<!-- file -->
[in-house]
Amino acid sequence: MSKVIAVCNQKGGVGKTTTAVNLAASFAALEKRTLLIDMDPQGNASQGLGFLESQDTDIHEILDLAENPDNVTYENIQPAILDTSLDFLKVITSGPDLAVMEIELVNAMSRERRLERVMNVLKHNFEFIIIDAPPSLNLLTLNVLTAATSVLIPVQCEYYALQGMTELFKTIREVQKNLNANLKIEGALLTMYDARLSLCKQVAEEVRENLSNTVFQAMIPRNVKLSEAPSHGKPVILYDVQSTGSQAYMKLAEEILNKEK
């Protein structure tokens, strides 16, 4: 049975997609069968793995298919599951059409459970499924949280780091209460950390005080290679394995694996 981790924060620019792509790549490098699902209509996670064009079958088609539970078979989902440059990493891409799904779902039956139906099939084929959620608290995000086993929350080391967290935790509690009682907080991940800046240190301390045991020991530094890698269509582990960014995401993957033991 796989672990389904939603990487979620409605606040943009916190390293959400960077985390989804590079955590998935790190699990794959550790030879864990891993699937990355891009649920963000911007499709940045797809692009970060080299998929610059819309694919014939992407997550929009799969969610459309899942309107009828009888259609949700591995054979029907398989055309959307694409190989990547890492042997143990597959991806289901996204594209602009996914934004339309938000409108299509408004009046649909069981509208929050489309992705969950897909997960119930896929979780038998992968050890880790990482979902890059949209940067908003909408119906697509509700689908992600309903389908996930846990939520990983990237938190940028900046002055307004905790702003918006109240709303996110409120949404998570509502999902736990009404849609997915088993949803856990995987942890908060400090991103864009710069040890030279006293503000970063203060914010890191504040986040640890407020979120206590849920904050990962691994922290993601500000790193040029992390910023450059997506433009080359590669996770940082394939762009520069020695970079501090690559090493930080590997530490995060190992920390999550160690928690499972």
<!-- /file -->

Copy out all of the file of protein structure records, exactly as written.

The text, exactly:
[in-house]
Amino acid sequence: MSKVIAVCNQKGGVGKTTTAVNLAASFAALEKRTLLIDMDPQGNASQGLGFLESQDTDIHEILDLAENPDNVTYENIQPAILDTSLDFLKVITSGPDLAVMEIELVNAMSRERRLERVMNVLKHNFEFIIIDAPPSLNLLTLNVLTAATSVLIPVQCEYYALQGMTELFKTIREVQKNLNANLKIEGALLTMYDARLSLCKQVAEEVRENLSNTVFQAMIPRNVKLSEAPSHGKPVILYDVQSTGSQAYMKLAEEILNKEK
């Protein structure tokens, strides 16, 4: 049975997609069968793995298919599951059409459970499924949280780091209460950390005080290679394995694996 981790924060620019792509790549490098699902209509996670064009079958088609539970078979989902440059990493891409799904779902039956139906099939084929959620608290995000086993929350080391967290935790509690009682907080991940800046240190301390045991020991530094890698269509582990960014995401993957033991 796989672990389904939603990487979620409605606040943009916190390293959400960077985390989804590079955590998935790190699990794959550790030879864990891993699937990355891009649920963000911007499709940045797809692009970060080299998929610059819309694919014939992407997550929009799969969610459309899942309107009828009888259609949700591995054979029907398989055309959307694409190989990547890492042997143990597959991806289901996204594209602009996914934004339309938000409108299509408004009046649909069981509208929050489309992705969950897909997960119930896929979780038998992968050890880790990482979902890059949209940067908003909408119906697509509700689908992600309903389908996930846990939520990983990237938190940028900046002055307004905790702003918006109240709303996110409120949404998570509502999902736990009404849609997915088993949803856990995987942890908060400090991103864009710069040890030279006293503000970063203060914010890191504040986040640890407020979120206590849920904050990962691994922290993601500000790193040029992390910023450059997506433009080359590669996770940082394939762009520069020695970079501090690559090493930080590997530490995060190992920390999550160690928690499972």